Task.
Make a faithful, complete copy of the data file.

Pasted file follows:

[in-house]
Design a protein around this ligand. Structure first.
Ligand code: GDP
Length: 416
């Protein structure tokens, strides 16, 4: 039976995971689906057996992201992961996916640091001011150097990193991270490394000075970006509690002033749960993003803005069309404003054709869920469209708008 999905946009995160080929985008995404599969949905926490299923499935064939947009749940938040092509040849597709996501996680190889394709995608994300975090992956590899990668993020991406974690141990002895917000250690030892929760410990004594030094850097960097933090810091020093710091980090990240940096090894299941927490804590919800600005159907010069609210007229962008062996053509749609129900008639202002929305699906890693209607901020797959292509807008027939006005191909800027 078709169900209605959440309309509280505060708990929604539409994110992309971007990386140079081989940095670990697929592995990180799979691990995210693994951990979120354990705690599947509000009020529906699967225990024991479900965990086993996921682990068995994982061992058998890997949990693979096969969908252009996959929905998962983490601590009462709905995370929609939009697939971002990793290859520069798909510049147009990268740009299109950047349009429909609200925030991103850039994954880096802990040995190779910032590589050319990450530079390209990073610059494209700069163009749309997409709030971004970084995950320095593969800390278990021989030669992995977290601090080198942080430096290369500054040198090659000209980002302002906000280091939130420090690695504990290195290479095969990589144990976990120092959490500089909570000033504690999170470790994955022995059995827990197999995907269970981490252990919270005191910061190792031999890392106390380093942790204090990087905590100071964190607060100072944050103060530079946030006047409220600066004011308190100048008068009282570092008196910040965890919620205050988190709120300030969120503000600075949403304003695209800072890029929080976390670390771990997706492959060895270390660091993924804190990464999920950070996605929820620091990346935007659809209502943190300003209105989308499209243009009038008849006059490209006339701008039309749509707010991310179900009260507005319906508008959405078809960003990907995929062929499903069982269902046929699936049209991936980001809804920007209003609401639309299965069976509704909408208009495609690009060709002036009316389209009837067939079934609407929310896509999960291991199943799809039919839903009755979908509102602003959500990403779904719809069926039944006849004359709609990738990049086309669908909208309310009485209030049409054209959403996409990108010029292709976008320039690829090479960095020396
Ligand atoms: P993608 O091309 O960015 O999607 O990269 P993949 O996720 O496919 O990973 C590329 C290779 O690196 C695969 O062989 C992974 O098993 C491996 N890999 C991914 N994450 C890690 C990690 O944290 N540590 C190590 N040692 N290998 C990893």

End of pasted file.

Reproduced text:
[in-house]
Design a protein around this ligand. Structure first.
Ligand code: GDP
Length: 416
């Protein structure tokens, strides 16, 4: 039976995971689906057996992201992961996916640091001011150097990193991270490394000075970006509690002033749960993003803005069309404003054709869920469209708008 999905946009995160080929985008995404599969949905926490299923499935064939947009749940938040092509040849597709996501996680190889394709995608994300975090992956590899990668993020991406974690141990002895917000250690030892929760410990004594030094850097960097933090810091020093710091980090990240940096090894299941927490804590919800600005159907010069609210007229962008062996053509749609129900008639202002929305699906890693209607901020797959292509807008027939006005191909800027 078709169900209605959440309309509280505060708990929604539409994110992309971007990386140079081989940095670990697929592995990180799979691990995210693994951990979120354990705690599947509000009020529906699967225990024991479900965990086993996921682990068995994982061992058998890997949990693979096969969908252009996959929905998962983490601590009462709905995370929609939009697939971002990793290859520069798909510049147009990268740009299109950047349009429909609200925030991103850039994954880096802990040995190779910032590589050319990450530079390209990073610059494209700069163009749309997409709030971004970084995950320095593969800390278990021989030669992995977290601090080198942080430096290369500054040198090659000209980002302002906000280091939130420090690695504990290195290479095969990589144990976990120092959490500089909570000033504690999170470790994955022995059995827990197999995907269970981490252990919270005191910061190792031999890392106390380093942790204090990087905590100071964190607060100072944050103060530079946030006047409220600066004011308190100048008068009282570092008196910040965890919620205050988190709120300030969120503000600075949403304003695209800072890029929080976390670390771990997706492959060895270390660091993924804190990464999920950070996605929820620091990346935007659809209502943190300003209105989308499209243009009038008849006059490209006339701008039309749509707010991310179900009260507005319906508008959405078809960003990907995929062929499903069982269902046929699936049209991936980001809804920007209003609401639309299965069976509704909408208009495609690009060709002036009316389209009837067939079934609407929310896509999960291991199943799809039919839903009755979908509102602003959500990403779904719809069926039944006849004359709609990738990049086309669908909208309310009485209030049409054209959403996409990108010029292709976008320039690829090479960095020396
Ligand atoms: P993608 O091309 O960015 O999607 O990269 P993949 O996720 O496919 O990973 C590329 C290779 O690196 C695969 O062989 C992974 O098993 C491996 N890999 C991914 N994450 C890690 C990690 O944290 N540590 C190590 N040692 N290998 C990893």